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Red Sox Hire Farrell As New Manager, Send Aviles To Blue Jays

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John Farrell (Gregory Shamus/Getty Images)

John Farrell (Gregory Shamus/Getty Images)

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By JIMMY GOLEN, AP Sports Writer

BOSTON (AP) _ The Boston Red Sox hired John Farrell to be their
new manager on Sunday, obtaining their former pitching coach from
the Blue Jays in a trade for infielder Mike Aviles.

Farrell had been the Toronto manager the past two seasons,
posting a 154-170 record with two fourth-place finishes. He had one
year remaining on his contract with the Blue Jays, allowing them to
demand compensation from Boston.

“I’m extremely excited to be returning to the Red Sox and to
Boston,” Farrell said in a statement released by the Red Sox. “I
love this organization. It’s a great franchise in a special city
and region, with great fans, and we want nothing more than to
reward their faith in us.”

It’s the second time the Red Sox have pursued Farrell for their
managerial job, closing the deal this time by working out a rare
but not unprecedented trade for an active manager. Boston will give
up Aviles, who hit .250 with 13 homers and 60 RBIs last season, and
get right-hander David Carpenter in return.

aviles mike getty winslor tpwmspm Red Sox Hire Farrell As New Manager, Send Aviles To Blue Jays

Mike Aviles (Winslow Townson/Getty Images)

It is the seventh time in major league history that one team has
traded for a manager while he was under contract to another, the
Red Sox said. Last year, the Miami Marlins obtained Ozzie Guillen
from the Chicago White Sox in a deal that also included three
players.

Farrell received a three-year deal in Boston, which also
interviewed San Diego Padres special assistant Brad Ausmus, New
York Yankees bench coach Tony Pena, Los Angeles Dodgers third base
coach Tim Wallach and Baltimore Orioles third base coach DeMarlo
Hale.

“We met some outstanding managerial candidates in this
process,” Red Sox president Larry Lucchino said in the statement.

“John Farrell brings a unique blend of managerial experience,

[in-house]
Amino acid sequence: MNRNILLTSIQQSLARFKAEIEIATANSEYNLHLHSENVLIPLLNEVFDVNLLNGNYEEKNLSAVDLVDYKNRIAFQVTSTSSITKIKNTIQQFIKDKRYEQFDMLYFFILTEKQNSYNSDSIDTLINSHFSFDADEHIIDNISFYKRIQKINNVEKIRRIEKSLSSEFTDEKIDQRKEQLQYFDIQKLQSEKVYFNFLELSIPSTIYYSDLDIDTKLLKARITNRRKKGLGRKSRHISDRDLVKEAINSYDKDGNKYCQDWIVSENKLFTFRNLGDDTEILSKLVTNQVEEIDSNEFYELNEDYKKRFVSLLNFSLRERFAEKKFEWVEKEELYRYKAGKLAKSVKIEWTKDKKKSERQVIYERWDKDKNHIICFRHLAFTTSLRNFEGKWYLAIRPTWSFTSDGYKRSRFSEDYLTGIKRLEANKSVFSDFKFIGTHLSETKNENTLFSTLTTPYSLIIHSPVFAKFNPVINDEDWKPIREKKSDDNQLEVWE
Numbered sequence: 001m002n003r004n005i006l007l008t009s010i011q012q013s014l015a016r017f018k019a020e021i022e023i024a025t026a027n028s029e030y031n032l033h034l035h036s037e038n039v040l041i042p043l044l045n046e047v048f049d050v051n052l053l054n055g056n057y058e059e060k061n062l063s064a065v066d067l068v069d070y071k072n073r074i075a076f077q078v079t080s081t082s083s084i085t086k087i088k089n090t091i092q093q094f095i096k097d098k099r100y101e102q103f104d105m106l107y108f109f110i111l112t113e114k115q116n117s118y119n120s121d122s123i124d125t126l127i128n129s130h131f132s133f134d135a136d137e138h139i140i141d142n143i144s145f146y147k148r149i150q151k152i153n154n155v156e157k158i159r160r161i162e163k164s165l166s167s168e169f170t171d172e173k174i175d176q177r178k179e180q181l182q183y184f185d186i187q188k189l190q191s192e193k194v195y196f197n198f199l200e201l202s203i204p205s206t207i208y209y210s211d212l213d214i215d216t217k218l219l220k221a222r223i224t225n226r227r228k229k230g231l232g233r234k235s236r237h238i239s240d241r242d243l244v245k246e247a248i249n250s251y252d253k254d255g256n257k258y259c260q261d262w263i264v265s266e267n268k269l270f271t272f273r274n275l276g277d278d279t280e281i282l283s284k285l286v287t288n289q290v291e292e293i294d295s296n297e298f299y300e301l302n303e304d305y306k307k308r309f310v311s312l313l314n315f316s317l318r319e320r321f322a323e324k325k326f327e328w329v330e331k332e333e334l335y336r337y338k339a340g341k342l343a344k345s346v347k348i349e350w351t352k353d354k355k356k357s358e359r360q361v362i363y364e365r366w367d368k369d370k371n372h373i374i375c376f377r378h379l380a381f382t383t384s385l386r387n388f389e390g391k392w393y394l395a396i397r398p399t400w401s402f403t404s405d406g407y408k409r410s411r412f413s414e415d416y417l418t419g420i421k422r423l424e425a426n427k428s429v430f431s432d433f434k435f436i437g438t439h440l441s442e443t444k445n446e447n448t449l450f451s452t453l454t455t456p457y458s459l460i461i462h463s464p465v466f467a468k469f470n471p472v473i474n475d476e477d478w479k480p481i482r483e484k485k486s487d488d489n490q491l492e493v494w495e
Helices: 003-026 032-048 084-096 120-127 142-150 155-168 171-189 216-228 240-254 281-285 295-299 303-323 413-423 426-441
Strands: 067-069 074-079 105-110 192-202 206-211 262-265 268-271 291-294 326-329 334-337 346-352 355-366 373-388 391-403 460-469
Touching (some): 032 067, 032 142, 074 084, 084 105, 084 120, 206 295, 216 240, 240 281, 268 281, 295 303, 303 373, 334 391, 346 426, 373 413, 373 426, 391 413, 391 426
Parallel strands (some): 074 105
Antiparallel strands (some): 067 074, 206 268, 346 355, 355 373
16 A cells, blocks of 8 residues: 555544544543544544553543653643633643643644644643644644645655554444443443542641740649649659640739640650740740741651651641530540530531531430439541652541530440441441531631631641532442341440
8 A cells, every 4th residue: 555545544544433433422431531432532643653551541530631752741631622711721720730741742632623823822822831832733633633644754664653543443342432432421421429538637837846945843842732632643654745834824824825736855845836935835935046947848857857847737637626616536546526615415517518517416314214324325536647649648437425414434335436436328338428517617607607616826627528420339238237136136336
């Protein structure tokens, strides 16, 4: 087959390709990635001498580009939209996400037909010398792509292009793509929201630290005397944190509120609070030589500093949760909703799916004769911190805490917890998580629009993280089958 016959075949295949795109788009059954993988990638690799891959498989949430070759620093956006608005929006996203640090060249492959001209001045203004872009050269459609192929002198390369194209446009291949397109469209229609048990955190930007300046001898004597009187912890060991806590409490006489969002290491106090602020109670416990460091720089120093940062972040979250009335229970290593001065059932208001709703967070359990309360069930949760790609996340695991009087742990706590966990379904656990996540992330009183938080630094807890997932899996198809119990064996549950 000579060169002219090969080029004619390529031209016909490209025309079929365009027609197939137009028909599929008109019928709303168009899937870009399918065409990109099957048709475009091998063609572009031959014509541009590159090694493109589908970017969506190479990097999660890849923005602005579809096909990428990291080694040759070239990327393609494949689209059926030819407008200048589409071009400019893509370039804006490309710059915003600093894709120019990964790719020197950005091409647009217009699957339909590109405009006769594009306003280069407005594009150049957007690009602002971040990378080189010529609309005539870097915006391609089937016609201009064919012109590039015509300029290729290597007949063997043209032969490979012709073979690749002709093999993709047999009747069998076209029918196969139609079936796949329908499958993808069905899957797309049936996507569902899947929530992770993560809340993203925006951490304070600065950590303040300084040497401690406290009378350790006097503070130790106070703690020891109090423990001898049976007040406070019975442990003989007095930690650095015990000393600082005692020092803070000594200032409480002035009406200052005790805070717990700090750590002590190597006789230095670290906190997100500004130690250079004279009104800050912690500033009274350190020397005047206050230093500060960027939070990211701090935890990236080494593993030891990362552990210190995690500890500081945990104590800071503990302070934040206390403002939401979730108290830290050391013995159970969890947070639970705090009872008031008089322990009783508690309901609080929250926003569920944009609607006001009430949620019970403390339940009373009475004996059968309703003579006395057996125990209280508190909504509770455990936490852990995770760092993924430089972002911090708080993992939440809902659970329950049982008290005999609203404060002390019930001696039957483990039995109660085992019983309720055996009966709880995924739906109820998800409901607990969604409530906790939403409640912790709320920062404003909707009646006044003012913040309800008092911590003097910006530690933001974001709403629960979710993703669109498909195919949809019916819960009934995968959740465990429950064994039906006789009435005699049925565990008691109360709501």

leadership and presence, pitching expertise, front office
experience, and an established track record with many members of
our uniformed staff and members of our front office. He will hit
the ground running.”

The pitching coach in Boston for four years, Farrell was the
heir apparent to Terry Francona before going to Toronto two seasons
ago when it seemed like Francona would be sticking around
long-term. When Francona was let go after an unprecedented collapse
in September of 2011, the Red Sox tried to pry Farrell loose from
the Blue Jays.

But Toronto general manager Alex Anthopoulos asked for a top
player in return for Farrell, who had been there only one season
and gone 81-81.

So the Red Sox turned to Bobby Valentine to bring discipline to
a clubhouse in which players drank beer and ate fried chicken in
the clubhouse during games. But the former New York Mets and

Japanese Leagues manager alienated so many players that the team
was forced to bail out on the season, trading away Carl Crawford,
Josh Beckett and Adrian Gonzalez in August to save more than $250
million in future salaries.

Valentine was fired after finishing in last place with a 69-93
record– four games behind Toronto and the ballclub’s worst record
since 1965. General manager Ben Cherington was back in the market
for a manager, and this time he didn’t need a hard-line
disciplinarian.

“The team is in a different point than it was last year when we
hired Bobby,” Cherington said after firing Valentine. “The roster
was fairly mature and we felt, mistakenly in retrospect, but we
felt at the time, that we had a chance to win and the team was
ready to win. We’re now at a different point.”

Farrell, 50, had a promising pitching career with the Cleveland
Indians before an injury kept him out for the entire 1991 and `92
seasons. He returned to pitch sparingly in four more seasons,
finishing his career with a 36-46 record and a 4.56 ERA.

He coached at Oklahoma State, where he pitched in college, from
1997-2001 and then spent five years in the Indians’ front office
before Francona, a former Cleveland teammate, brought him to Boston
as pitching coach. Under Farrell’s guidance from 2007-10, Red Sox
pitchers held opponents to an AL-low .254 batting average and led
the league with in 4,771 strikeouts.

Farrell is familiar with Red Sox management from his time in
Boston and has worked with many of the club’s pitchers _ including
starters Jon Lester and Clay Buchholz, who were All-Stars under his
tutelage.

“His broad set of experiences, and exceptional leadership
skills, make him the ideal person to lead our team,” Cherington
said in the news release. “I have known him in various capacities
throughout my career, and I hold him in the highest regard as a
baseball man and as a person.”

Aviles, 31, is a career .277 hitter who played 136 games for the
Red Sox in 2012, mostly at shortstop.

Carpenter, 27, is 1-5 with one save and a 5.70 ERA over 67
career relief appearances with the Astros and Blue Jays. He
appeared in 33 games in 2012, 30 with the Astros before being sent
to the Blue Jays in a 10-player trade on July 20; he also made 23
minor-league appearances last season.

Originally a catcher, Carpenter converted to pitching in 2008.

(Copyright 2012 by The Associated Press.  All Rights Reserved.)

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